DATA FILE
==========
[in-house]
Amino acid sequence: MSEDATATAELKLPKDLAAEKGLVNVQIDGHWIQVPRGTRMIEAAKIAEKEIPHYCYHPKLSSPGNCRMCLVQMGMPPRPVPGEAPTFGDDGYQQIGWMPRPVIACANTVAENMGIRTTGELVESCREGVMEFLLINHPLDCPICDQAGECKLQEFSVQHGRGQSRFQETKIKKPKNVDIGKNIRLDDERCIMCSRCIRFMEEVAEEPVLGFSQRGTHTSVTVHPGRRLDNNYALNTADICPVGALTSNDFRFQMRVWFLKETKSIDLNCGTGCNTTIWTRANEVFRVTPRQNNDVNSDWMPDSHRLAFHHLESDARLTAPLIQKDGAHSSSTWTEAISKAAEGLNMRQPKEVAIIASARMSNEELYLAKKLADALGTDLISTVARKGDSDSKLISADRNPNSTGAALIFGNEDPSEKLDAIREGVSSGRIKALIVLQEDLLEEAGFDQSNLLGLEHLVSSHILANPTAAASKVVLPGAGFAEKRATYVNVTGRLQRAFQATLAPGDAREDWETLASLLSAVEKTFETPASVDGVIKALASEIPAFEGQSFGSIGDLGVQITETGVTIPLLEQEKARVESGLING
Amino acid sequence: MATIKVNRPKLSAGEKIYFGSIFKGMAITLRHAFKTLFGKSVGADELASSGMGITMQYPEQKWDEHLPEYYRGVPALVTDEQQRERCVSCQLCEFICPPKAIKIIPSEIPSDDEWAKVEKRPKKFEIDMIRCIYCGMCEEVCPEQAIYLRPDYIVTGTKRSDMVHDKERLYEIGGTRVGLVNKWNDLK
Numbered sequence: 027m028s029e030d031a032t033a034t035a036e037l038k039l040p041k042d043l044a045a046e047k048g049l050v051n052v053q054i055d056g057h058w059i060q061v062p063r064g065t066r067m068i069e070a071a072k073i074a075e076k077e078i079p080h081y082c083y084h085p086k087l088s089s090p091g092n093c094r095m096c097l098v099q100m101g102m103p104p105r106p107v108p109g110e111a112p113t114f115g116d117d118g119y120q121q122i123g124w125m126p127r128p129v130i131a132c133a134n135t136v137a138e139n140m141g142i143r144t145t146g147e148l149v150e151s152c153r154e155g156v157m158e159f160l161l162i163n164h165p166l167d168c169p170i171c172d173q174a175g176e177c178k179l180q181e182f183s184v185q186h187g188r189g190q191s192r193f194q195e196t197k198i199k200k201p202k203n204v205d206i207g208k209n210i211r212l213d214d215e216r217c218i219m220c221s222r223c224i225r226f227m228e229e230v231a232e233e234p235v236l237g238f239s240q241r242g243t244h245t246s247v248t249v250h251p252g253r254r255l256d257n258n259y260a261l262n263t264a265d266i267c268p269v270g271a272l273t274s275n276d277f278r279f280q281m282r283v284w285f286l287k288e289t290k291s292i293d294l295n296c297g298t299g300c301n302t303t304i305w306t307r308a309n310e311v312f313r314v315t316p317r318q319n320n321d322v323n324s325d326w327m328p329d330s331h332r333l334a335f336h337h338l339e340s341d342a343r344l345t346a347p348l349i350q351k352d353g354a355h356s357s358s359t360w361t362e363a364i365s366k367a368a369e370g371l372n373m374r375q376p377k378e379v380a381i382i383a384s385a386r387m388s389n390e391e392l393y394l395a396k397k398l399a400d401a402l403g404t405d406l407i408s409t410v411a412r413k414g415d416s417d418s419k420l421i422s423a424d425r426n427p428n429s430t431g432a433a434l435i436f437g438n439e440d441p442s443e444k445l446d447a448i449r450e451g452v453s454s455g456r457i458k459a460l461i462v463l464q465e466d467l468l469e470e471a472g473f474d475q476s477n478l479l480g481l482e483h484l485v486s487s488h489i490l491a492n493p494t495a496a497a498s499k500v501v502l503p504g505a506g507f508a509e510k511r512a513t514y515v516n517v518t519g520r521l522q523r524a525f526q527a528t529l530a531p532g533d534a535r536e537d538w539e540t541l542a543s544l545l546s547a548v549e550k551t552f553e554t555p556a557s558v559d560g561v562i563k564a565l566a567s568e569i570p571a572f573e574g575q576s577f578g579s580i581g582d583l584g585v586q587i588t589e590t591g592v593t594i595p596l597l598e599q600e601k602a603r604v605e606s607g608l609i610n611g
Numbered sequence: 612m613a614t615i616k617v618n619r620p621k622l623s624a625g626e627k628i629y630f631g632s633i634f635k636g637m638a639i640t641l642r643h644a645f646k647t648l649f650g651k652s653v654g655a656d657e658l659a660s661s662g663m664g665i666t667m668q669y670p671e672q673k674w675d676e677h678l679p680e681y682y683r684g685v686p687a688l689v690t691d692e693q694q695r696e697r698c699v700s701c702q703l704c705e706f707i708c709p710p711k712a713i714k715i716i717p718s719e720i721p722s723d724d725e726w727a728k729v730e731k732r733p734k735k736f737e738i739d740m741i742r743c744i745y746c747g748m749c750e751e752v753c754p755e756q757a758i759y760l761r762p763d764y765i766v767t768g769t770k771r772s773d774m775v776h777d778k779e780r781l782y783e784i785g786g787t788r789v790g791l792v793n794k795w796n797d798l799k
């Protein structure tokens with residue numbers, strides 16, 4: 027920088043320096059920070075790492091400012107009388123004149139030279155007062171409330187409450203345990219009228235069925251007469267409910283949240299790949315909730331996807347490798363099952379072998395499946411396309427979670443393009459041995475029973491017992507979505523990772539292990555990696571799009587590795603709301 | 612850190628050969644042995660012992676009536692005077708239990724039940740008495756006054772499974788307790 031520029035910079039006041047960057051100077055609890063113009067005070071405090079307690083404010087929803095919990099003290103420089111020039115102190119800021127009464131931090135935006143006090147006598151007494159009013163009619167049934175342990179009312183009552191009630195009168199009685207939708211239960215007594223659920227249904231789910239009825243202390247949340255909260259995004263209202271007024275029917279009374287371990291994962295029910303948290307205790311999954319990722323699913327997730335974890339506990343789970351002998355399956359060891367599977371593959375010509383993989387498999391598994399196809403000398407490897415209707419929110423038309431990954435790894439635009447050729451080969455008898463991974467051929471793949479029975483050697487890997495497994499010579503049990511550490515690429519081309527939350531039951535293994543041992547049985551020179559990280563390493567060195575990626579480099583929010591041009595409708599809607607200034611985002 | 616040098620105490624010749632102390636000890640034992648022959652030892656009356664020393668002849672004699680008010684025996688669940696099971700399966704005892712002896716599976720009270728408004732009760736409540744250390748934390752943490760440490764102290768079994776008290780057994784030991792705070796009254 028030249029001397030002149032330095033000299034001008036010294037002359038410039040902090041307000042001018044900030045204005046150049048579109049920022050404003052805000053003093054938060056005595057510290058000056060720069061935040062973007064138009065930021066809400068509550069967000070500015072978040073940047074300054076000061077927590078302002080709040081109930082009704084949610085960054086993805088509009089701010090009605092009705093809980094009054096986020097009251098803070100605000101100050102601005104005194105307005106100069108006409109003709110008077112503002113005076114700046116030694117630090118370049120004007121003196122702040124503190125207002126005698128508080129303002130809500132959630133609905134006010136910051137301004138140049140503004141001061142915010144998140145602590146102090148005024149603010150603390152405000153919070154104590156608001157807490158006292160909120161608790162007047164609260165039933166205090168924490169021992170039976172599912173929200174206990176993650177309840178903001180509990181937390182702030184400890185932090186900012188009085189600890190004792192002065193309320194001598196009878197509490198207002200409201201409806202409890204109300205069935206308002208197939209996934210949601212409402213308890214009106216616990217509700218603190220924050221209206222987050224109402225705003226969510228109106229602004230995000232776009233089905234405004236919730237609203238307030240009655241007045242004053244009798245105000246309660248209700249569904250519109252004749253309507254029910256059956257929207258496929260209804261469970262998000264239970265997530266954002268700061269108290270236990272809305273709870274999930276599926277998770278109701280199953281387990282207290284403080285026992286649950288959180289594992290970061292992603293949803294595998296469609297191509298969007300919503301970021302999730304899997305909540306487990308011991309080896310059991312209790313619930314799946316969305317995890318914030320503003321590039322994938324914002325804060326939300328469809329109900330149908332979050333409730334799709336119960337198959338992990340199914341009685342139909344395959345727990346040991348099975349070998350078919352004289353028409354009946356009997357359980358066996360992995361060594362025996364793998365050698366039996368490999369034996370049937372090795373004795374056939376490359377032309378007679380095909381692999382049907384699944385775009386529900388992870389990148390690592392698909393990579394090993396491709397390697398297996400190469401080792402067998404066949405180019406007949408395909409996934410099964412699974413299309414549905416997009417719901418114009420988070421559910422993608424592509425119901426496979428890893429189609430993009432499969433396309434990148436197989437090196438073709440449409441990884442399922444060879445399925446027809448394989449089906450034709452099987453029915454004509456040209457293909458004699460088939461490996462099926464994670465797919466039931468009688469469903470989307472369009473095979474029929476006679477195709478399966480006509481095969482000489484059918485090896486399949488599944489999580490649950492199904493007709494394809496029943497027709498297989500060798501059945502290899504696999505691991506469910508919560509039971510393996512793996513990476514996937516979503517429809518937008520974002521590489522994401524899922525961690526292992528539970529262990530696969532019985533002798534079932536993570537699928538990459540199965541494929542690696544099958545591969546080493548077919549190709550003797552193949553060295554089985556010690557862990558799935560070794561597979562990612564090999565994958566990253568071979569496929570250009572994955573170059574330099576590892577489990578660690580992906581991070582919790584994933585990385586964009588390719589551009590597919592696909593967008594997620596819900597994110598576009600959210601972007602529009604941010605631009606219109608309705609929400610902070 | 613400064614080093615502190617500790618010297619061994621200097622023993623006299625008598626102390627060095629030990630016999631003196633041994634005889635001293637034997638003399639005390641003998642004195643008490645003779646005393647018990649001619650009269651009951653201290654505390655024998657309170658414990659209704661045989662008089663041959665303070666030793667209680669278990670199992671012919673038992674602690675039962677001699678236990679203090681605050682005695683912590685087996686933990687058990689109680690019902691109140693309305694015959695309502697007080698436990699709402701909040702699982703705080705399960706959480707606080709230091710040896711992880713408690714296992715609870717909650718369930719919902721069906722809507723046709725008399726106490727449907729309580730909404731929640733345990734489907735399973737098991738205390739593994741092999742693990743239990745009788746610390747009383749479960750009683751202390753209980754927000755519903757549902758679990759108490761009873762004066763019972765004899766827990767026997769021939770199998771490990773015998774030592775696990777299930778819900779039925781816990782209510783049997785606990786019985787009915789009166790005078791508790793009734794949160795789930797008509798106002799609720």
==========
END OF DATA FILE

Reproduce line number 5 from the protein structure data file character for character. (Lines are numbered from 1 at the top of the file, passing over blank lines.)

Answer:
Numbered sequence: 612m613a614t615i616k617v618n619r620p621k622l623s624a625g626e627k628i629y630f631g632s633i634f635k636g637m638a639i640t641l642r643h644a645f646k647t648l649f650g651k652s653v654g655a656d657e658l659a660s661s662g663m664g665i666t667m668q669y670p671e672q673k674w675d676e677h678l679p680e681y682y683r684g685v686p687a688l689v690t691d692e693q694q695r696e697r698c699v700s701c702q703l704c705e706f707i708c709p710p711k712a713i714k715i716i717p718s719e720i721p722s723d724d725e726w727a728k729v730e731k732r733p734k735k736f737e738i739d740m741i742r743c744i745y746c747g748m749c750e751e752v753c754p755e756q757a758i759y760l761r762p763d764y765i766v767t768g769t770k771r772s773d774m775v776h777d778k779e780r781l782y783e784i785g786g787t788r789v790g791l792v793n794k795w796n797d798l799k